Rühlemann, C et al. (2004): Stable oxygen isotope record of benthic foraminifera from the tropical Atlantic. doi:10.1594/PANGAEA.737914, Supplement to:Rühlemann, Carsten; Mulitza, Stefan; Lohmann, Gerrit; Paul, André; Prange, Matthias; Wefer, Gerold (2004): Intermediate depth warming in the tropical Atlantic related to weakened thermohaline circulation: Combining paleoclimate and modeling data for the last deglaciation. Paleoceanography, 19(1), PA1025, doi:10.1029/2003PA000948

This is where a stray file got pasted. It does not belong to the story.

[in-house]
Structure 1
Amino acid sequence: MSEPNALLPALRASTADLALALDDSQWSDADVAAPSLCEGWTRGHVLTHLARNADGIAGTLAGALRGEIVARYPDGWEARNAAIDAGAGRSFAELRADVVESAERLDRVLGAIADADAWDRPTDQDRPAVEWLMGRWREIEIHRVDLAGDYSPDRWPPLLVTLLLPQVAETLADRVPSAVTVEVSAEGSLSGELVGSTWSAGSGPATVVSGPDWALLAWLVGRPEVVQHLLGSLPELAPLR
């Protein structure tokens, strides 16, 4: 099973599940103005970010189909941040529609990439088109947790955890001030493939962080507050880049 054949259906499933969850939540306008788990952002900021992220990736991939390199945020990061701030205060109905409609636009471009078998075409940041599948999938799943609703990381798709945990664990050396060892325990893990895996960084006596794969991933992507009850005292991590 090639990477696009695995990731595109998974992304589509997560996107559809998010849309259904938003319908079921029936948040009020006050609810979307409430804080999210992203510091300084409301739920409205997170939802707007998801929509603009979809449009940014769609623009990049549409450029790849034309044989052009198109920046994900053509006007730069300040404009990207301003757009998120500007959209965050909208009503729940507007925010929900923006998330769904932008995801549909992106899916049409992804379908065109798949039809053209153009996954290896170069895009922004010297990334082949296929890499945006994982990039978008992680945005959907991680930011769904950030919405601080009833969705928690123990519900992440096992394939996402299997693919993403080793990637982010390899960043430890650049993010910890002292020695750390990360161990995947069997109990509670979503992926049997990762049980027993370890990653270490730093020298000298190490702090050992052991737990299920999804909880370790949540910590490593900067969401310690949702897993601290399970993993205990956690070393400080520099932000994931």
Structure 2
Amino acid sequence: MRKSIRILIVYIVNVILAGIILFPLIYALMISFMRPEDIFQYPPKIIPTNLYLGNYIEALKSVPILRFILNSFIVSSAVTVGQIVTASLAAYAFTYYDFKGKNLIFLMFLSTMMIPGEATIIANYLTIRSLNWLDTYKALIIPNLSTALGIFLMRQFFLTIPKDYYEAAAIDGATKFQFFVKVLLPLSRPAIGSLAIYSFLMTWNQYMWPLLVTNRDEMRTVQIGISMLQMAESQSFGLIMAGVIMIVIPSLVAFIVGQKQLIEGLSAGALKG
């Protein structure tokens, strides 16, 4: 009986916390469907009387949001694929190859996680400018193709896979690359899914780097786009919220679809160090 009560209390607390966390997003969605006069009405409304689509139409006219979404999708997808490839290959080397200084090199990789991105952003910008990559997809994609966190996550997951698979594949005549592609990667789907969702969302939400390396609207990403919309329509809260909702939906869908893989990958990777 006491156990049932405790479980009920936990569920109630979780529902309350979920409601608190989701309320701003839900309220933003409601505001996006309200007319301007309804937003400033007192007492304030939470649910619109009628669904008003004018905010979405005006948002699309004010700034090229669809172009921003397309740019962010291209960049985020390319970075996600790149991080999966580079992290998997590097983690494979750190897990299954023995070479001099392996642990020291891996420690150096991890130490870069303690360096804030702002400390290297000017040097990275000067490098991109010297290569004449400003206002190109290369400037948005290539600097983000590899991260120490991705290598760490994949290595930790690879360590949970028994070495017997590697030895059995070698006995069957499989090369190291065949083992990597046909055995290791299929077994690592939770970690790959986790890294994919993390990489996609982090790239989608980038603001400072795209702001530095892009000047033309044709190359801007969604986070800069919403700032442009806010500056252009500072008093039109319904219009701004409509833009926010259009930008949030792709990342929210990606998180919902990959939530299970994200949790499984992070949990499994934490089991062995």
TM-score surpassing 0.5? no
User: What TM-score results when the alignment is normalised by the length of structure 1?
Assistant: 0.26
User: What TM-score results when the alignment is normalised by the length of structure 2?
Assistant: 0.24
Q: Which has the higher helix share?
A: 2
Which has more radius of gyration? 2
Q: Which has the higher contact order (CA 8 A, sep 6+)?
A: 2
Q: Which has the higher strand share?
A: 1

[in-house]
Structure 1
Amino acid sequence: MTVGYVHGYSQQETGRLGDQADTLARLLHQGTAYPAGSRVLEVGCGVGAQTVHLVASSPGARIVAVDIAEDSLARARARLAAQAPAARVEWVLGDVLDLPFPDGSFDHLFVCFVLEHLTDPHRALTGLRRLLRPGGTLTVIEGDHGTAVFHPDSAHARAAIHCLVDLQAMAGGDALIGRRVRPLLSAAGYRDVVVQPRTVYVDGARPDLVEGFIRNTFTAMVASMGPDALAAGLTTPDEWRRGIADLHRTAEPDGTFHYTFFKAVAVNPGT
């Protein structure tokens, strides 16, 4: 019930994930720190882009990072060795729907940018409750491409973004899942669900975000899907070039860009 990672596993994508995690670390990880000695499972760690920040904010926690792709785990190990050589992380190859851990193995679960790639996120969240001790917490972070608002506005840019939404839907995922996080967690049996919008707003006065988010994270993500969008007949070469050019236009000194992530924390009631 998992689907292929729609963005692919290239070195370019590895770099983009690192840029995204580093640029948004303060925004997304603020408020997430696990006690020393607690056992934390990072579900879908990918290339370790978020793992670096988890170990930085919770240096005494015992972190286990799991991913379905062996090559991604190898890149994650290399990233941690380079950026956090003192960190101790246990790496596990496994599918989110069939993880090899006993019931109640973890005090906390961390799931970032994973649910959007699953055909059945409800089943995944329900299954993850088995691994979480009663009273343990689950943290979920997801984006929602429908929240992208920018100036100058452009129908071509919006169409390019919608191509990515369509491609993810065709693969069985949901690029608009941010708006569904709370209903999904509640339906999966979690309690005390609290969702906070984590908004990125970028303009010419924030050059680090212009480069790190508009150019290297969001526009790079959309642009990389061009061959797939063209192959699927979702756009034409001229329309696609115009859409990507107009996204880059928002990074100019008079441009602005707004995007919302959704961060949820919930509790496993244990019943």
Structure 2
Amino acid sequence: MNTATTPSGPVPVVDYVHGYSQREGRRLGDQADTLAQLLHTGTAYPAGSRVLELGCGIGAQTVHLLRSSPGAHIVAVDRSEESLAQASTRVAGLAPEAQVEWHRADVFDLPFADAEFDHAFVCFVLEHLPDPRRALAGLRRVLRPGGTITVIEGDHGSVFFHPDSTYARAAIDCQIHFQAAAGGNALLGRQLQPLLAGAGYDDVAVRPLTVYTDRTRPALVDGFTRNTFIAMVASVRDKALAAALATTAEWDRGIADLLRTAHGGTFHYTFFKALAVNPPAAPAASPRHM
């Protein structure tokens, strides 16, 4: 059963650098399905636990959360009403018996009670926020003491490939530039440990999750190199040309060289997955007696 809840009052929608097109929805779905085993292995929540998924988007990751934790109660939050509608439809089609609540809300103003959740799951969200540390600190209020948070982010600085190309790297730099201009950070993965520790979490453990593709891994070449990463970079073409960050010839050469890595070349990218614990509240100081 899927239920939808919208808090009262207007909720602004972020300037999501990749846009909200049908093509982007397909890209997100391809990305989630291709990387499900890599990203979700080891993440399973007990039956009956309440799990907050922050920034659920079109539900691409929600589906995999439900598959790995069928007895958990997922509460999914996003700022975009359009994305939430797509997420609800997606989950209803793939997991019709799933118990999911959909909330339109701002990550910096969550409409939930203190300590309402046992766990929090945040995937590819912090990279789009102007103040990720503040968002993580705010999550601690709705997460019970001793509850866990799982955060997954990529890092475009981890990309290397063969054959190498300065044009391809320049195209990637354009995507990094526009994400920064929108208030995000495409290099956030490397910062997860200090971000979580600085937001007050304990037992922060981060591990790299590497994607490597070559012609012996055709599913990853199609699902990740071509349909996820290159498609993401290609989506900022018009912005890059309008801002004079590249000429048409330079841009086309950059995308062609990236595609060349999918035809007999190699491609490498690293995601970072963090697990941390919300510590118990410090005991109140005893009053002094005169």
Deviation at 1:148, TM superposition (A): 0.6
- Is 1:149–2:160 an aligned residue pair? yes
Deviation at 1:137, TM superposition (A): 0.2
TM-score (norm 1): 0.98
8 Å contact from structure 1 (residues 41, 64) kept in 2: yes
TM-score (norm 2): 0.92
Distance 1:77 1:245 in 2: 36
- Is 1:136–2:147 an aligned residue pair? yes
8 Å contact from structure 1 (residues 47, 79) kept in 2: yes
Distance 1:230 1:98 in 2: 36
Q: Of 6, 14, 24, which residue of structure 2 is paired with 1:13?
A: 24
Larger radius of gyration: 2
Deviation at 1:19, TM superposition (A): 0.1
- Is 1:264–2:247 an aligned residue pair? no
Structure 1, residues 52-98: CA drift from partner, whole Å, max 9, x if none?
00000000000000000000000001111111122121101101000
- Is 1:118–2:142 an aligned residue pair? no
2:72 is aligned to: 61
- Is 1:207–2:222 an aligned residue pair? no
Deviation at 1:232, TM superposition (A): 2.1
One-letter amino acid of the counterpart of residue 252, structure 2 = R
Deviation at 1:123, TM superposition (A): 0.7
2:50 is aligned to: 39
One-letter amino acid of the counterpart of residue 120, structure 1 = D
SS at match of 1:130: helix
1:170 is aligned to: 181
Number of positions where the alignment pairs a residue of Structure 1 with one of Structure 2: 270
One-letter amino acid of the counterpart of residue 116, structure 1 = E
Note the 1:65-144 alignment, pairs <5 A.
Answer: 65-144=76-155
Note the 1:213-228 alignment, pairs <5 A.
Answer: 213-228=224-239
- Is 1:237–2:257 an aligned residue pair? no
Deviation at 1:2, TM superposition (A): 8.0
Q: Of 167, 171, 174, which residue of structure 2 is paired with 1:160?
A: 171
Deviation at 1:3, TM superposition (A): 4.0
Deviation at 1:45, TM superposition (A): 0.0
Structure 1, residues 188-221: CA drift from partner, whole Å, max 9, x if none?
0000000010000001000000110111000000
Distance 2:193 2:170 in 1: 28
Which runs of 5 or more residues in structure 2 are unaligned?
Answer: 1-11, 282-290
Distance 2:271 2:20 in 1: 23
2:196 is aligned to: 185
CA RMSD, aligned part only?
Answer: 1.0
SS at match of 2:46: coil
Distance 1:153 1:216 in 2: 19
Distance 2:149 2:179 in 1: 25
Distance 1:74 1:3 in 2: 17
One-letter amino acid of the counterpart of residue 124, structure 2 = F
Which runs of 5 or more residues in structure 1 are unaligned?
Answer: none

Benthic foraminiferal oxygen isotope ratios from two sediment cores recovered at 426 and 1299 m water depth in the eastern and western tropical Atlantic show that a slowdown of the thermohaline circulation (THC) during Heinrich event H1 and the Younger Dryas was accompanied by rapid and intense warming of intermediate depth waters. Millennial-scale covariations of low paleosalinities in the subpolar North Atlantic with decreased benthic oxygen isotope ratios in the eastern tropical Atlantic throughout the past 10,000 years suggest that THC weakening might be related to middepth warming during the Holocene period as well. Climate model experiments simulating a strong reduction of the THC in the Atlantic Ocean under present-day and glacial conditions reveal that the increase of temperature in the middepth tropical and South Atlantic is a common feature for both climatic states, caused by a reduced ventilation of cold intermediate and deep waters in conjunction with downward mixing of heat from the thermocline. From the similarity of the paleoclimatic records with the model simulations, we infer that the characteristic pattern of temperature change in the Atlantic Ocean related to weakened thermohaline circulation can serve as an indicator of present-day and future THC slowdown.